“We have no indication of any crimes with a similar or at least a close enough link to his MO and other things that he’s done in the past to link him to anything from ’86 on,” Jones said.
“We just have nothing at this point.”
Jones said he always thought the rapist was alive, but might be in prison.
For the prosecutors and investigators, the arrest not only marked a significant professional achievement but also a personal one that had touched their formative years and early careers.
Alameda County District Attorney Nancy O’Malley was a college student volunteering at a rape crisis center and “sat with survivors who had been assaulted by this guy.”
The wave of horrifying crimes had brought an end to a more innocent era in the Sacramento suburbs when children rode bicycles to school, played outside until dark and people didn’t lock their doors, Schubert said.
“It all changed,” said Schubert, who was 12 at the time.
“For anyone that lived here in this community, in Sacramento, the memories are very vivid. You can ask anyone who grew up here. Everyone has a story.”
(A possible suspect in the notorious East Area Rapist/Golden State Killer case, a series of murders, sexual assaults and home burglaries that gripped California in the 1970s and ‘80s, has been arrested, according to reports. Police and FBI had cordoned off the Citrus Heights home of 72-year-old Joseph James DeAngelo Jr. after his arrest early Wednesday, a Fox affiliate in California reported. He was arrested on two counts of murder and booked into the Sacramento County Jail, online records show. Courtesy of Inside Edition and YouTube. Posted on Apr 25, 2018)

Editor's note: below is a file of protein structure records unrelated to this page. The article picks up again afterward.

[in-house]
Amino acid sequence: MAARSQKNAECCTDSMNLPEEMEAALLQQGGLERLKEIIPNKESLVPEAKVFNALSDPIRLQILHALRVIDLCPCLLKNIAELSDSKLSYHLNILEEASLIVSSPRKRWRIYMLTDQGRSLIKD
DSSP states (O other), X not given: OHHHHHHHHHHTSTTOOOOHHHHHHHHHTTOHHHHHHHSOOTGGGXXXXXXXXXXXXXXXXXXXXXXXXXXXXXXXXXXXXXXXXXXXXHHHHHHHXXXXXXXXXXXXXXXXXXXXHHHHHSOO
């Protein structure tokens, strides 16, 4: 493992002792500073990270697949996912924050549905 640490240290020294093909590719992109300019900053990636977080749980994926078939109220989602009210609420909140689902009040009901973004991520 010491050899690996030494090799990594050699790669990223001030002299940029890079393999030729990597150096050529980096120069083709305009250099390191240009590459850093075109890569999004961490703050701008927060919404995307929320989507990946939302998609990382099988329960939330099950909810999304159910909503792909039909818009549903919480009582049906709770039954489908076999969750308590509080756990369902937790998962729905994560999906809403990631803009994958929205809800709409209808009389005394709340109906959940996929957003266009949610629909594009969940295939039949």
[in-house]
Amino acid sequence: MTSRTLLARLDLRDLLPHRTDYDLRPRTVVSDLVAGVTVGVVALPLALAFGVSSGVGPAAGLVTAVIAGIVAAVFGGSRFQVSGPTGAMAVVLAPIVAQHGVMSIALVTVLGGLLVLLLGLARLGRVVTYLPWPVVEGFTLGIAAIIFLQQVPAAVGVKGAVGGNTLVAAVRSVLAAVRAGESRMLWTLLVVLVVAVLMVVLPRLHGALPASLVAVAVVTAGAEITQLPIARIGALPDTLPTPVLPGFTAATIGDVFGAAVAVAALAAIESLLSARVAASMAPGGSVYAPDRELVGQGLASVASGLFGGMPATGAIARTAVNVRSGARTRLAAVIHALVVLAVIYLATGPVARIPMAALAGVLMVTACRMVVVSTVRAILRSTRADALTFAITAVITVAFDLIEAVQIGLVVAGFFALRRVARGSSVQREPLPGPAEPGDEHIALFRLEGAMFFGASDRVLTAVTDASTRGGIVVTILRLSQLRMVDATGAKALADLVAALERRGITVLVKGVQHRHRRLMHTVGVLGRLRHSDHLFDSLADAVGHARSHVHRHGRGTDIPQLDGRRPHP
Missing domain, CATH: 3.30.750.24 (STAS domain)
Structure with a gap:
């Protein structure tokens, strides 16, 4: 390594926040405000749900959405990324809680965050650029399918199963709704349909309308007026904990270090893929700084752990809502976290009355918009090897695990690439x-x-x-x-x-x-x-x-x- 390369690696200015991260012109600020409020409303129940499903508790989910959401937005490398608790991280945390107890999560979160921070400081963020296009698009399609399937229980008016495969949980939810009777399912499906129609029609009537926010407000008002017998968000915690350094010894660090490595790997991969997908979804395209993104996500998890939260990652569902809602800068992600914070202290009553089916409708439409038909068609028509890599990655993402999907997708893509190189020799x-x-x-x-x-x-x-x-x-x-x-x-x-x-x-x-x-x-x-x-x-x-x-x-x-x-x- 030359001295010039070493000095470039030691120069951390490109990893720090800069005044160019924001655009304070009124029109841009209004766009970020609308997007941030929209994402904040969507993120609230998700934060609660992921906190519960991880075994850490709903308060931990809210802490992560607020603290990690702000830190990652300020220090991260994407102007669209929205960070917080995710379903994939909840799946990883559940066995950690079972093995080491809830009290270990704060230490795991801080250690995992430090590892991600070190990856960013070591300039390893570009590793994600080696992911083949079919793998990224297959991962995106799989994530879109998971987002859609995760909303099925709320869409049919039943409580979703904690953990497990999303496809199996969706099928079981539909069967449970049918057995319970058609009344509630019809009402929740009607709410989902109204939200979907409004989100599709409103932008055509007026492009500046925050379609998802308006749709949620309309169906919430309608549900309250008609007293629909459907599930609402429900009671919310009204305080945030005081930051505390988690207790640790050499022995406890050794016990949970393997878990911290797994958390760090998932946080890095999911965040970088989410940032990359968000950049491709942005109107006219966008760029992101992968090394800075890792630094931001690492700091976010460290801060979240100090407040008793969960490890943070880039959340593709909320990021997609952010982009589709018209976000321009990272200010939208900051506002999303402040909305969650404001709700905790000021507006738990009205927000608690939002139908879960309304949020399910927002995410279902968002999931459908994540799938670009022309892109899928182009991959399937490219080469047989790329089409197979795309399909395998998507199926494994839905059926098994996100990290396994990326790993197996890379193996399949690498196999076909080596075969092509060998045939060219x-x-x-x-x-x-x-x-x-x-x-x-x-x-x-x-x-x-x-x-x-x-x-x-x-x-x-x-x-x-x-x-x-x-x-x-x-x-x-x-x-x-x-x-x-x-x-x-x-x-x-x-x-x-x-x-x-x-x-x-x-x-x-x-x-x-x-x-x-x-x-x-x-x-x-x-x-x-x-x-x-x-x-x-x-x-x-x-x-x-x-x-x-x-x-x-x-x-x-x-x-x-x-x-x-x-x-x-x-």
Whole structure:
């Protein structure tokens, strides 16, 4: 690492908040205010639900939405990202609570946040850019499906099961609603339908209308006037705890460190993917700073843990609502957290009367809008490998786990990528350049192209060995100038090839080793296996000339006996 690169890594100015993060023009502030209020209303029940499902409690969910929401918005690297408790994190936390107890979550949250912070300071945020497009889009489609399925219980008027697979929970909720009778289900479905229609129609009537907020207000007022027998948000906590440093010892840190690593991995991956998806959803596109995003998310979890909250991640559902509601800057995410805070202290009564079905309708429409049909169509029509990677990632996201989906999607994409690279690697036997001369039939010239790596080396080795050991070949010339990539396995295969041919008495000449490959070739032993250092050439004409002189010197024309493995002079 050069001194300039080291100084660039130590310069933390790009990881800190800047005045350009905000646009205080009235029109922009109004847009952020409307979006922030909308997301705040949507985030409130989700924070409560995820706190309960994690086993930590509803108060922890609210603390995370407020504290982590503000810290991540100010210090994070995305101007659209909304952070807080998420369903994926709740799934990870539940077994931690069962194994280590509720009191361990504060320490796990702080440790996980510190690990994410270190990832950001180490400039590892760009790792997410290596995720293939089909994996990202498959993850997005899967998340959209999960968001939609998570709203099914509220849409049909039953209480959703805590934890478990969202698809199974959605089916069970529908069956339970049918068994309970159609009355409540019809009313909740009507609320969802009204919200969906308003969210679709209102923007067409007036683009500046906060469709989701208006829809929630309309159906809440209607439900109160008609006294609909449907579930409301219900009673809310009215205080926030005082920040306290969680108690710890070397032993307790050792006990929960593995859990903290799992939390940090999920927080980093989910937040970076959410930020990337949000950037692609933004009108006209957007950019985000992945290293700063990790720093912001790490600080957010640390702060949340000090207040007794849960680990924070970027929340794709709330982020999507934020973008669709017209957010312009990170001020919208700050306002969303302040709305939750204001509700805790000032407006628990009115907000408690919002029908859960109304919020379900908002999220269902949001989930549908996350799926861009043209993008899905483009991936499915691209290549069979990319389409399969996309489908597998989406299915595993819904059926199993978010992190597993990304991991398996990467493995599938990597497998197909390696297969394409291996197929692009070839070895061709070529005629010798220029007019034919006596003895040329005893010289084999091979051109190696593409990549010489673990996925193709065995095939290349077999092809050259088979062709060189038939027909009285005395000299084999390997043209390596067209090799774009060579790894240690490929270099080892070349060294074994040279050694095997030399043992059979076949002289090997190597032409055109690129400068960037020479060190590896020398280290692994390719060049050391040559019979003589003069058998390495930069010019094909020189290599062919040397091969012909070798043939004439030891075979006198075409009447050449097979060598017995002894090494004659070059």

Totten said he was a young law clerk in the office during the investigation into the 1980 slayings of Lyman and Charlene Smith that “struck terror in the hearts of Ventura residents.”
“We had no idea this killer was connected to so many other crimes,” Totten said.
In 1999, Orange County sheriff’s homicide detectives were able to use DNA to link the Irvine slaying of Keith and Patrice Harrington to nine other slayings in the 1980s in Orange, Ventura and Santa Barbara counties.
The genetic evidence was later used to connect the same suspect to 50 rapes in Northern California.
Harrington’s brother, Bruce, helped bankroll a successful 2004 ballot initiative campaign to take DNA from all convicted felons and some arrestees.
“To the victims, sleep better tonight, he isn’t coming through the window,” Bruce Harrington said at the news conference announcing the arrest.
Jane Carson-Sandler was one of the first victims when she was sexually assaulted in 1976 in her home in Citrus Heights, the same community where DeAngelo was arrested at his home.
She said she received an email Wednesday from a retired detective who worked on the case telling her they have identified the rapist and he’s in custody.
“I have just been overjoyed, ecstatic. It’s an emotional roller-coaster right now,” Carson-Sandler, who now lives near Hilton Head, South Carolina, told The Associated Press in a telephone interview.
“I feel like I’m in the middle of a dream and I’m going to wake up and it’s not going to be true. It’s just so nice to have closure and to know he’s in jail.”
FBI agents and other investigators were gathering evidence at DeAngelo’s neatly kept home on Wednesday.
Jones said they were looking for mementos that may have been stolen from victims.
Neighbors said DeAngelo took meticulous care of his house, which was always perfectly painted and his lawn manicured. But he was known for an explosive temper and loud cursing.
Kevin Tapia said when he was a teenager, DeAngelo falsely accused him of throwing things over their shared fence, prompting a heated exchange between DeAngelo and his father.
“No one thinks they live next door to a serial killer,” Tapia said.
“But at the same time I’m just like, he was a weird guy. He kept to himself. When you start to think about it you’re like, I could see him doing something like that, but I would never suspect it.”
(Learn More. The hunt for a man who terrorized California for a decade became an obsession for Michelle McNamara. The true-crime writer thought she was close to finding him before she died unexpectedly. Now, her husband and others are working to finish a book she started on the case. Courtesy of CBS This Morning and YouTube. Posted on Apr 21, 2017)